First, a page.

Every story hinges around a connection between two or more individuals. A chance meeting at a bank, a relationship on the rocks, or a metaphysical entity reaching out to an entire city; all of these are encounters where two people affect each other’s lives, ultimately for the better. In a medium where the story of a single individual often occupies 100+ pages, Astro City #13 provides a half dozen tales that blend together into a coherent narrative about sharing the world with others and the value it can provide.

The arrangement of these stories out of order is not a gimmick – it is purposeful. Not only does it encourage readers to assimilate the story in a chronological fashion and reconsider what they are reading (a chronological listing of pages can be found at the end of this review), but it reflects the themes that Busiek and Anderson are trying to convey. The confusion of time creates mysteries about each story. Readers are forced to wonder how a bank teller and sleep deprived scientist fit into the grand scheme. They also introduce the most important thematic elements of each story early on. The disconnect that each character feels from the world around them or from a particular person is revealed early in the comic, even if it occurs much later in the day. The story is being told in a thematic order, rather than a chronological one. Each hour represents a specific beat or revelation that when placed in a specific series of steps create an intangible feeling, a beautiful chaos that develops into something purposeful. It is a dance of pages, shuffled into the best possible arrangement. Thus it is titled “Waltz of the Hours.”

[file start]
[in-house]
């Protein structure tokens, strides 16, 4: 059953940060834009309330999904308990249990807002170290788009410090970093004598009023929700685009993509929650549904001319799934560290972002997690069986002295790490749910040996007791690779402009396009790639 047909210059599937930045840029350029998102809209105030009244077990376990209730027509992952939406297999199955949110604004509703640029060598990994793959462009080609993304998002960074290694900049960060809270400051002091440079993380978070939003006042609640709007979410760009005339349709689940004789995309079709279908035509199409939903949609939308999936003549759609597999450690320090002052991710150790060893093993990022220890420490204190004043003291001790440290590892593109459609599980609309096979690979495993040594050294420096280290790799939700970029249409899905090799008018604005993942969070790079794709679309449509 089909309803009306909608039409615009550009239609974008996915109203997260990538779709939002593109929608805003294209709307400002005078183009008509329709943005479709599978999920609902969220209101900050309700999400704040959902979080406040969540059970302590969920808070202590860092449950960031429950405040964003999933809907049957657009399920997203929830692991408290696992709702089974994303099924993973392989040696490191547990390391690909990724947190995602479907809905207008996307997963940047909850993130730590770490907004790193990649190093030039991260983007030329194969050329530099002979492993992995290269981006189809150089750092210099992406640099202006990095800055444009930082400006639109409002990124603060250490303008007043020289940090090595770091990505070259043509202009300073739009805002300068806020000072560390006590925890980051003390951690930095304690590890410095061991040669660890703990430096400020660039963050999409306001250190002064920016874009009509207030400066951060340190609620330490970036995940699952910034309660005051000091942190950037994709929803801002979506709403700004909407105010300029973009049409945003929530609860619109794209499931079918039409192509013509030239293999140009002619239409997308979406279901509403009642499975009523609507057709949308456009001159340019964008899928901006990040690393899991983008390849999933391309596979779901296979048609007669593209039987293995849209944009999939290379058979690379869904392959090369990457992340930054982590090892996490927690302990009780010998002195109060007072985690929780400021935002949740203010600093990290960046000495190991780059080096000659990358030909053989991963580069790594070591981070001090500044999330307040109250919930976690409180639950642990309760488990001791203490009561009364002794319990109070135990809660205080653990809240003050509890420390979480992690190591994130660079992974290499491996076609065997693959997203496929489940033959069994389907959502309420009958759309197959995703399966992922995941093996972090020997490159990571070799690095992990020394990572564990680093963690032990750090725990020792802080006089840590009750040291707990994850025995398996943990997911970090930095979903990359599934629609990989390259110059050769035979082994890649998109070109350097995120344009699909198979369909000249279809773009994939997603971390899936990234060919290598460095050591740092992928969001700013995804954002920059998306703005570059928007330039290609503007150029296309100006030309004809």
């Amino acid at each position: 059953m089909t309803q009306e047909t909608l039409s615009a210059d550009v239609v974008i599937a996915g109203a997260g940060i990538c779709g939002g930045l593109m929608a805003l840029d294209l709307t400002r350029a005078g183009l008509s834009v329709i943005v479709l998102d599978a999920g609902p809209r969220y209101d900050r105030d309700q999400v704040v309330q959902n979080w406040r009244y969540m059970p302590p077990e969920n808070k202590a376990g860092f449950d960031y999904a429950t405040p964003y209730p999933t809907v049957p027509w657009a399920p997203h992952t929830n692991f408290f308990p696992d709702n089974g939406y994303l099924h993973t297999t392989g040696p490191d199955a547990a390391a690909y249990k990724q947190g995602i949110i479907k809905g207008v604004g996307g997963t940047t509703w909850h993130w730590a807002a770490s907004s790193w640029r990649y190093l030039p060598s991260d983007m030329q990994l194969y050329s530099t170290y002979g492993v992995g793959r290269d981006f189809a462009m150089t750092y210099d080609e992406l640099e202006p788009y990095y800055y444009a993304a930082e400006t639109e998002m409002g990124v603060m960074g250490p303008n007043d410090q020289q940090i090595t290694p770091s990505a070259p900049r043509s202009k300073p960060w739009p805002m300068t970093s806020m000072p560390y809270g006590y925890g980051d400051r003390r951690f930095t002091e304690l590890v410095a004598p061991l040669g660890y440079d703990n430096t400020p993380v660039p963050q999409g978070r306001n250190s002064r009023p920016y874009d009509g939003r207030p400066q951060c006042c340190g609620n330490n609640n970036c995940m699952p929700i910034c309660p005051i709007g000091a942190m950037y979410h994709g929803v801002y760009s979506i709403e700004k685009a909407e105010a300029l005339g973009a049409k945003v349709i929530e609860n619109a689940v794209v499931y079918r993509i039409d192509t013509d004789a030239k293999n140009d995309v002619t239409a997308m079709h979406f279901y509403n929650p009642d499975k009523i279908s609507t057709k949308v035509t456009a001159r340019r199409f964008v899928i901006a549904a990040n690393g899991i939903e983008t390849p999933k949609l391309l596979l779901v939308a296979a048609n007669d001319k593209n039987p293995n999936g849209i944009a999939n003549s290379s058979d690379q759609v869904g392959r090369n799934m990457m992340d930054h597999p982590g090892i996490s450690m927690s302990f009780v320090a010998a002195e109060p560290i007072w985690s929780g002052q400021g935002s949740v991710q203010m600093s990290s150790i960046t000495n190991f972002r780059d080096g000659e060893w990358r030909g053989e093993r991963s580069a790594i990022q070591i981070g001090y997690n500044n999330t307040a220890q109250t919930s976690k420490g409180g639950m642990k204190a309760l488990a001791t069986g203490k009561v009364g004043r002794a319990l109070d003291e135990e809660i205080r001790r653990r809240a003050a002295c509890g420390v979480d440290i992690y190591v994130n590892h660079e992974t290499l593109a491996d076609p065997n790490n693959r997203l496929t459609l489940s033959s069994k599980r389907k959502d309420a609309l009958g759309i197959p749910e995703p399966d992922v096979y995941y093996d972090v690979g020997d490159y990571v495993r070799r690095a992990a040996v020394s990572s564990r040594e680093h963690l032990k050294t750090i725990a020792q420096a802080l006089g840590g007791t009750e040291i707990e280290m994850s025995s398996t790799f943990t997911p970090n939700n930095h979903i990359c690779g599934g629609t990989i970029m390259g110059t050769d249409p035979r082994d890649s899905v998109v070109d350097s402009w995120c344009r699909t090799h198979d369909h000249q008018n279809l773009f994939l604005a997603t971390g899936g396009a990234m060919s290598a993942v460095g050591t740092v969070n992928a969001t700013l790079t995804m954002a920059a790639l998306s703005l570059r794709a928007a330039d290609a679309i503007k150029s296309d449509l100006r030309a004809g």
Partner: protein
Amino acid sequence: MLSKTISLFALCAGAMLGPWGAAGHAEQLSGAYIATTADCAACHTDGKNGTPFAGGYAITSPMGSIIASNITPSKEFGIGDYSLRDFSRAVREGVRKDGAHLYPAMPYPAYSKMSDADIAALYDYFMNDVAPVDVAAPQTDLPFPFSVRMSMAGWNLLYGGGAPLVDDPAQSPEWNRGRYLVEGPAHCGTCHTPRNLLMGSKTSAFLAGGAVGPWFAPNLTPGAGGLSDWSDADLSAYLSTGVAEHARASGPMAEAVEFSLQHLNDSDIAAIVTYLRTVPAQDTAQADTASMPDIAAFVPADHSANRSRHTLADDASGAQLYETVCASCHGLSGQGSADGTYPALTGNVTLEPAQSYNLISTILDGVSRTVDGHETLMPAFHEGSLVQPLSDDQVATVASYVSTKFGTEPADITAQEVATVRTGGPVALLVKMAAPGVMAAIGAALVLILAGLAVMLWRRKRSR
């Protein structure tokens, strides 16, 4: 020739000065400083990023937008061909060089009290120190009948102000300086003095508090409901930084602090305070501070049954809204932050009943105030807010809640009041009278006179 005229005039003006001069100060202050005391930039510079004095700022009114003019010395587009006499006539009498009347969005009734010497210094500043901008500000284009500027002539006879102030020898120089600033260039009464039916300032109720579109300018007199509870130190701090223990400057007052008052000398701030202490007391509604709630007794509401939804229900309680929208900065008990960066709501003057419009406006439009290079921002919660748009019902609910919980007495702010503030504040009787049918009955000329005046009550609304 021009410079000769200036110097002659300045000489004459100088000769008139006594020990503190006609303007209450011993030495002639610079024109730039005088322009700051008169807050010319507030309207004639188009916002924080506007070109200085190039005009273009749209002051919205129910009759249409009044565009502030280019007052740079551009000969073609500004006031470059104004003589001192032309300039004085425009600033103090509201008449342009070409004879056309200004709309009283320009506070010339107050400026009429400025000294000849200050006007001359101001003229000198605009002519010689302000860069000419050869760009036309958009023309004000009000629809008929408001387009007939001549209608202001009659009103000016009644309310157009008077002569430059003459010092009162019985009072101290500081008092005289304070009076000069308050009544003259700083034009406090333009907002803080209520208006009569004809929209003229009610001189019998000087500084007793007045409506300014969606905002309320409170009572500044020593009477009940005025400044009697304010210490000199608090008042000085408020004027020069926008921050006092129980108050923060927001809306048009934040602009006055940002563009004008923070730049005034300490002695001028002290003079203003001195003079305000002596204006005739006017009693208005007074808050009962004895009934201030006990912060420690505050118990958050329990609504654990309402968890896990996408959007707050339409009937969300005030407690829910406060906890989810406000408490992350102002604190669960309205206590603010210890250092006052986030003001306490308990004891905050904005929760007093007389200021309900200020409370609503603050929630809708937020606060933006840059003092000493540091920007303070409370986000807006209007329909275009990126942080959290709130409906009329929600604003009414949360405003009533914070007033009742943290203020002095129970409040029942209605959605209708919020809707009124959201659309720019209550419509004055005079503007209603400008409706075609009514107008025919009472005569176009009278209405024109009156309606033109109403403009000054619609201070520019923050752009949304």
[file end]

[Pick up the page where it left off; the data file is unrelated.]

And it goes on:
Astro City #13 is an achievement to be celebrated. It not only tells a story worth reading, re-reading, and then reading once more, but it does so by taking full advantage of its chosen medium. Busiek and Anderson have always told stories about the small pleasures of life and what it means to be human, and they have told them very well. But here they take a message about the value of human relationships, not matter their form or brevity and tell it in a way that ensures readers will concentrate on that message. Art is all about relating, whether it be an emotion, an idea, or a very specific message. Astro City #13 relates an idea and uses every tool at its disposal to do so. It’s a testament not only to the value of human contact, but of comics.

Score: 10/10

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Chronological Order of Pages

1 AM – Page 8

2 AM – Page 17

3 AM – Page 4

4 AM – Page 13

5 AM – Page 6

6 AM – Page 15

7 AM – Page 9

8 AM – Page 2

9 AM – Page 7

10 AM – Page 5

11 AM – Page 3

Noon – Page 11

1 PM – Page 14

2 PM – Page 12

3 PM – Page 16

4 PM – Page 21

5 PM – Page 18

6 PM – Page 20

7 PM – Page 10

8 PM – Page 24

9 PM – Page 23

10 PM – Page 19

11 PM – Page 22

Midnight – Page 25


About chasemagnett

Chase is a mild-mannered finance guy by day and a raving comics fan by night. He has been reading comics for more than half of his life (all 23 years of it). After graduating from the University of Nebraska–Lincoln with degrees in Economics and English, he has continued to research comics while writing articles and reviews online. His favorite superhero is Superman and he'll accept no other answers. Don't ask about his favorite comic unless you're ready to spend a day discussing dozens of different titles.